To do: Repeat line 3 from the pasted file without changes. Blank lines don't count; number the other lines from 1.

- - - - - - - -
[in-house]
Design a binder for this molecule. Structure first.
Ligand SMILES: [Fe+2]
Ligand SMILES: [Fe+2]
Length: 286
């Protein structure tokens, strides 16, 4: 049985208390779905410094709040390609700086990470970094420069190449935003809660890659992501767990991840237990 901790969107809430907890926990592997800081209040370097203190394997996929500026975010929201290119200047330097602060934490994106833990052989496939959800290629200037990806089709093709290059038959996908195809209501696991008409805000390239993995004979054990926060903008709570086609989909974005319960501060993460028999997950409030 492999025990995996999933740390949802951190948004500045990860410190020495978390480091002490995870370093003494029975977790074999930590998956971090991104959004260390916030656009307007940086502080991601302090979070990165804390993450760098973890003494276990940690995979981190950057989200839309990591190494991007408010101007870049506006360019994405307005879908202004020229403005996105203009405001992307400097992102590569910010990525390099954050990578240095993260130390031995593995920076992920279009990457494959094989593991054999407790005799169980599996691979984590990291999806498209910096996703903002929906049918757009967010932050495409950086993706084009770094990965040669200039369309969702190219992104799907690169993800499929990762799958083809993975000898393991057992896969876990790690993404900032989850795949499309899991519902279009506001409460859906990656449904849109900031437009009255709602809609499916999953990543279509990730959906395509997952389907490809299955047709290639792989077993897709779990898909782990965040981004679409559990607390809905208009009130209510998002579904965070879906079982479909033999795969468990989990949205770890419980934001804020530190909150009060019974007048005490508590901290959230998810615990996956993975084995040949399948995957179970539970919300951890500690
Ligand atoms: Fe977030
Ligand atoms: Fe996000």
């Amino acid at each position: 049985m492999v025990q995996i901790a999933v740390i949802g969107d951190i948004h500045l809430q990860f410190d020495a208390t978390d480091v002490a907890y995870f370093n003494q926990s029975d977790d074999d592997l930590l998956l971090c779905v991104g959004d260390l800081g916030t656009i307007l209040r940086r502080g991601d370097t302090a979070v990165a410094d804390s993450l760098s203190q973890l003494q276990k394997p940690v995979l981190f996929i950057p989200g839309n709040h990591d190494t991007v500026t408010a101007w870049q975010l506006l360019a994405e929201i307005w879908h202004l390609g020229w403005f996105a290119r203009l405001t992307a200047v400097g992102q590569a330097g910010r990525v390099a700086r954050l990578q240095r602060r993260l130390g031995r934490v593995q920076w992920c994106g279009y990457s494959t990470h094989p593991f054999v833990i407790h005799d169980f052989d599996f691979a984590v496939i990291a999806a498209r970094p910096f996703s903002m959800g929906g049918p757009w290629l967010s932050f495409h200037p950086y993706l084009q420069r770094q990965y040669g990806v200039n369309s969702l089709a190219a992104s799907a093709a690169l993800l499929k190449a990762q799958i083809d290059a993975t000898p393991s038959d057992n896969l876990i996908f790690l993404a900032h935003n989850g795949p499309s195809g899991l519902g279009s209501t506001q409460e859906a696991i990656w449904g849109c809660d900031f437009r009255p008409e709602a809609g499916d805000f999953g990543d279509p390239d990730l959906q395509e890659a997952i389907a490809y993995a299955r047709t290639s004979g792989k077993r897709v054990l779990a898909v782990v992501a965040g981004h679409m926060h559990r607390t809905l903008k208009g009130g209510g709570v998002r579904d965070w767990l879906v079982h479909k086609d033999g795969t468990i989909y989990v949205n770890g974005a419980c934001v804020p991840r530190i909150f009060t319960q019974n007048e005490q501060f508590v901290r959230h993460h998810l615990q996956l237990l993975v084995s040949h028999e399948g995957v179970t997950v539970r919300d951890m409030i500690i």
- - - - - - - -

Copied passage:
Ligand SMILES: [Fe+2]